In the report, we also take a brief look at pending and adopted legislation, while also providing updates on federal funding and projects associated with the recent Infrastructure Bill. The report also examines a similarly notable case ...
Planning and constructing large public works projects can take years. When those projects will impact private property, owners are left in a difficult situation, as the cloud of condemnation hangs over their property, making it difficult to lease or sell. When do planning activities for public projects go too far, and trigger inverse condemnation liability? A recent court of appeal decision, Ramsey v. City of Chowchilla (2023 Cal.App. Unpub. LEXIS 2147) provides some clarity on just how much flexibility is afforded to public agencies.
In Ramsey, the City initiated ...
April 1st is an important milestone in California’s water year – marking the annual snowpack assessment and related drought determination. In the inaugural issue of Nossaman’s California Water Views – 2023 Outlook, our attorneys and policy advisors who are committed to the water sector identify the pivotal issues they’re watching now and for the year ahead.
Of particular interest to our readers, Brad Kuhn and Jillian Friess Leivas examine whether or not public agencies could face inverse condemnation liability for any flooding-related damages due to the recent storm ...
With all the recent storms in California, private property is bound to suffer impacts from storm water runoff, landslides, erosion and subsidence. Understanding whether the government bears responsibility for such damage is a complex and fact-specific analysis. However, a recent court of appeal decision, Shenson v. County of Contra Costa (2023 Cal. App. LEXIS 244), provides an excellent history on liability in these circumstances, and explains when natural watercourses, drainage improvements, and a public agency’s approval of development can trigger inverse ...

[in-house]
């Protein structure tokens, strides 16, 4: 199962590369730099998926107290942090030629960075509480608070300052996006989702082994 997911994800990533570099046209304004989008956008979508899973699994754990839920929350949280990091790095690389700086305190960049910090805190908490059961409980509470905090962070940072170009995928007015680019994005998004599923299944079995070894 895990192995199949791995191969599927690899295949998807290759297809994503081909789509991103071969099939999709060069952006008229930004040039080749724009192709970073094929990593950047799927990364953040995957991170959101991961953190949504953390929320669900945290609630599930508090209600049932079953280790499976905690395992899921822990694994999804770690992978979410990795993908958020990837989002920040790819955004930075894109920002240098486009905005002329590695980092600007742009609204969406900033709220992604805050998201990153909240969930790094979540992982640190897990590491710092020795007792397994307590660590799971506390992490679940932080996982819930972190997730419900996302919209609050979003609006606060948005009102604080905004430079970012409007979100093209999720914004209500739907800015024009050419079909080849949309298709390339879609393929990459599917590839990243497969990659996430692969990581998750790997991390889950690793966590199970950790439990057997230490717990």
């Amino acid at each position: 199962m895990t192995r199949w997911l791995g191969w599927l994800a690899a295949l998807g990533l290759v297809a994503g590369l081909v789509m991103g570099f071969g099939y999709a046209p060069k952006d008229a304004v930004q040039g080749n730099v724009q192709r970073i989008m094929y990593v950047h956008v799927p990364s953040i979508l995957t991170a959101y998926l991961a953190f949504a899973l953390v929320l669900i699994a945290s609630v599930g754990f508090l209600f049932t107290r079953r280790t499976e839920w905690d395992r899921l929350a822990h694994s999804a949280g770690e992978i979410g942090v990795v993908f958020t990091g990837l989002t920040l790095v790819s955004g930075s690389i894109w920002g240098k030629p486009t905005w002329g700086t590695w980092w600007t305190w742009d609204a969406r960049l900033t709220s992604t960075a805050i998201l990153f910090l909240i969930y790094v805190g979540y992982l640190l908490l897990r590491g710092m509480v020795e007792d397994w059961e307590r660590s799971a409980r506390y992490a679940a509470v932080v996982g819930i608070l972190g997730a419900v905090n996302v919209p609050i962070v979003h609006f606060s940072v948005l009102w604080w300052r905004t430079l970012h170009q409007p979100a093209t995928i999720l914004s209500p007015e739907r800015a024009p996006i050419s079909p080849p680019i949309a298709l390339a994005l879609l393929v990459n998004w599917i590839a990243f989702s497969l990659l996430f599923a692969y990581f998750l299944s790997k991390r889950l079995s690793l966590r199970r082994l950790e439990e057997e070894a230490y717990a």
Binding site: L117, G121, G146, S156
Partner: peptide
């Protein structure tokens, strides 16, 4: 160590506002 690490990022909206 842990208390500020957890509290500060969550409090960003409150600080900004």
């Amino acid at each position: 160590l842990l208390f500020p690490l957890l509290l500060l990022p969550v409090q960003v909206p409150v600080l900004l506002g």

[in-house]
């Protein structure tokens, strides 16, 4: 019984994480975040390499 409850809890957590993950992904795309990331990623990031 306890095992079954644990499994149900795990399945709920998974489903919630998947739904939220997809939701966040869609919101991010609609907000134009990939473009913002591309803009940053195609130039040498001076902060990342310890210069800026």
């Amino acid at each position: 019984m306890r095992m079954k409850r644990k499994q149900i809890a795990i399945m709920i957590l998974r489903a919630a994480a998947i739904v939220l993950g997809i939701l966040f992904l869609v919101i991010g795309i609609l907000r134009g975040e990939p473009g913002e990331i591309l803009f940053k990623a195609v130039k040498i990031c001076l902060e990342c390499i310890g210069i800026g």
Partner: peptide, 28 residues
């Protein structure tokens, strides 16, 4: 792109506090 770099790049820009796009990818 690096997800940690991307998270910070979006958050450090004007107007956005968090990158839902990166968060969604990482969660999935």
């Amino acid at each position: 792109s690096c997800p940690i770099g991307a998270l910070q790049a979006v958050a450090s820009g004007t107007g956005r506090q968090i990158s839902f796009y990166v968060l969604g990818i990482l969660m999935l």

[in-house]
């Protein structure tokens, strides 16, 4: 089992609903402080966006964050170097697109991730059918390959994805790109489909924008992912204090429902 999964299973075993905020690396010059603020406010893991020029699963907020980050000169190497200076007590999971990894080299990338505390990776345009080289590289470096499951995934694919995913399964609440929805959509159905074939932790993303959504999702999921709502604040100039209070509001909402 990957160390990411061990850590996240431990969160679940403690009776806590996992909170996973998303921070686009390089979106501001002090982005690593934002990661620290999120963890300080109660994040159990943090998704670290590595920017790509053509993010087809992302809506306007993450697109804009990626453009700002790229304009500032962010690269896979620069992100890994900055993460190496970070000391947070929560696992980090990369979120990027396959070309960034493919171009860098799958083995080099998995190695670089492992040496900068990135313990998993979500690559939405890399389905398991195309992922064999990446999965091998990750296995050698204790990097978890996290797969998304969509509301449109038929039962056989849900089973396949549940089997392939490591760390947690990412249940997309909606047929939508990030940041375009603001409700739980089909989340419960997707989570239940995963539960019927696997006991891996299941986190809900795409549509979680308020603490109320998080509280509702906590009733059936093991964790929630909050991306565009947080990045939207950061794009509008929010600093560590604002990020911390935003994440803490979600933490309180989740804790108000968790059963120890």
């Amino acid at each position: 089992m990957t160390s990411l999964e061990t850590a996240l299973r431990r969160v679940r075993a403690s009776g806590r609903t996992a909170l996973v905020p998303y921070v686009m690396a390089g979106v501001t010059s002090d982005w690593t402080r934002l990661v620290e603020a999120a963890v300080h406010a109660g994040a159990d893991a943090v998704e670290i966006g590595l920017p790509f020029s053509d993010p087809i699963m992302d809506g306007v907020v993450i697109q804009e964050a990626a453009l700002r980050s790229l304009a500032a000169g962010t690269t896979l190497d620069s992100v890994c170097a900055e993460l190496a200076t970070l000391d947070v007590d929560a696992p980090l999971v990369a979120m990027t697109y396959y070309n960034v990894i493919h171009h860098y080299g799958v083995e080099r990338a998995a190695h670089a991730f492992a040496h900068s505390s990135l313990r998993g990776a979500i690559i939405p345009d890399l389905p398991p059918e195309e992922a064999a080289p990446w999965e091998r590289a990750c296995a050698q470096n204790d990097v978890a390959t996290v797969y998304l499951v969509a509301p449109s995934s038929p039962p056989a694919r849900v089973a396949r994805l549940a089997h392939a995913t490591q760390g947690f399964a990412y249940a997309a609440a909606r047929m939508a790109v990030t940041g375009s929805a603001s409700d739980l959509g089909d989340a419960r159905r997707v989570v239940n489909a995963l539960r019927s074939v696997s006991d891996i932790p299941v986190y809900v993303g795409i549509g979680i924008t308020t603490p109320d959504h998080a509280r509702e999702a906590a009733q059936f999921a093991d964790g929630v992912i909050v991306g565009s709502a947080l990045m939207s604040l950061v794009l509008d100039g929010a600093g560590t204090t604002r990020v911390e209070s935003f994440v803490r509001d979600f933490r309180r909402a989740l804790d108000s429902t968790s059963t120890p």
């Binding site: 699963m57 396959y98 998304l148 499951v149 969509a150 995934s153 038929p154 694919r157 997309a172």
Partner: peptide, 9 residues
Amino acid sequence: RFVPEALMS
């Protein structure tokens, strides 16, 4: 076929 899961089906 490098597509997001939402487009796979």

Join us on April 18, 2023 as we present “Right of Way 101 – An Overview of the Condemnation Process” during the International Right of Way Association (IRWA) Chapter 11 Luncheon in San Diego, CA.
Right of way and condemnation is the overarching process that encompasses everything from identifying project alternatives to ultimately acquiring specific property. During this presentation, we will provide an overview of the entire process and illustrate how all of the individual components work together. In particular, they will provide insight into how to effectively navigate ...
California Eminent Domain Report is a one-stop resource for everything new and noteworthy in eminent domain in California. We cover all aspects of eminent domain in California, including condemnation, inverse condemnation and regulatory takings. We also keep track of current cases, project announcements, budget issues, legislative reform efforts and report on all major California eminent domain conferences and seminars.